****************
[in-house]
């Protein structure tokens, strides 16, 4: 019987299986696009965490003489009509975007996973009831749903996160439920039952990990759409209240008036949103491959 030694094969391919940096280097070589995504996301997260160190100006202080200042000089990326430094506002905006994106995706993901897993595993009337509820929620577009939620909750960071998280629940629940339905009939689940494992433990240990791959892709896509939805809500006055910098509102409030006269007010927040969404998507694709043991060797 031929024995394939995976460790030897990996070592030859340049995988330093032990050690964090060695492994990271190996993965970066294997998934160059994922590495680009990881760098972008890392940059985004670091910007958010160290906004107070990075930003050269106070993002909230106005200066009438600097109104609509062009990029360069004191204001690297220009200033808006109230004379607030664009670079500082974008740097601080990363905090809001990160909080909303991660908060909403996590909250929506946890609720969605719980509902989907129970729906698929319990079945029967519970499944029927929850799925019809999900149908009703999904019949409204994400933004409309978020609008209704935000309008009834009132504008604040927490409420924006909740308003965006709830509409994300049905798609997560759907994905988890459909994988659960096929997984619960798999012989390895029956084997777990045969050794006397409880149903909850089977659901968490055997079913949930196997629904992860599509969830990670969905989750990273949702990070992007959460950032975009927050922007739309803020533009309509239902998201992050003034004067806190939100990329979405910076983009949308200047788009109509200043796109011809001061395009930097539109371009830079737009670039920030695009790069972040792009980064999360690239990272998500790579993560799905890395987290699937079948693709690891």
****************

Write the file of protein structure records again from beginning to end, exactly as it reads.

[in-house]
């Protein structure tokens, strides 16, 4: 019987299986696009965490003489009509975007996973009831749903996160439920039952990990759409209240008036949103491959 030694094969391919940096280097070589995504996301997260160190100006202080200042000089990326430094506002905006994106995706993901897993595993009337509820929620577009939620909750960071998280629940629940339905009939689940494992433990240990791959892709896509939805809500006055910098509102409030006269007010927040969404998507694709043991060797 031929024995394939995976460790030897990996070592030859340049995988330093032990050690964090060695492994990271190996993965970066294997998934160059994922590495680009990881760098972008890392940059985004670091910007958010160290906004107070990075930003050269106070993002909230106005200066009438600097109104609509062009990029360069004191204001690297220009200033808006109230004379607030664009670079500082974008740097601080990363905090809001990160909080909303991660908060909403996590909250929506946890609720969605719980509902989907129970729906698929319990079945029967519970499944029927929850799925019809999900149908009703999904019949409204994400933004409309978020609008209704935000309008009834009132504008604040927490409420924006909740308003965006709830509409994300049905798609997560759907994905988890459909994988659960096929997984619960798999012989390895029956084997777990045969050794006397409880149903909850089977659901968490055997079913949930196997629904992860599509969830990670969905989750990273949702990070992007959460950032975009927050922007739309803020533009309509239902998201992050003034004067806190939100990329979405910076983009949308200047788009109509200043796109011809001061395009930097539109371009830079737009670039920030695009790069972040792009980064999360690239990272998500790579993560799905890395987290699937079948693709690891």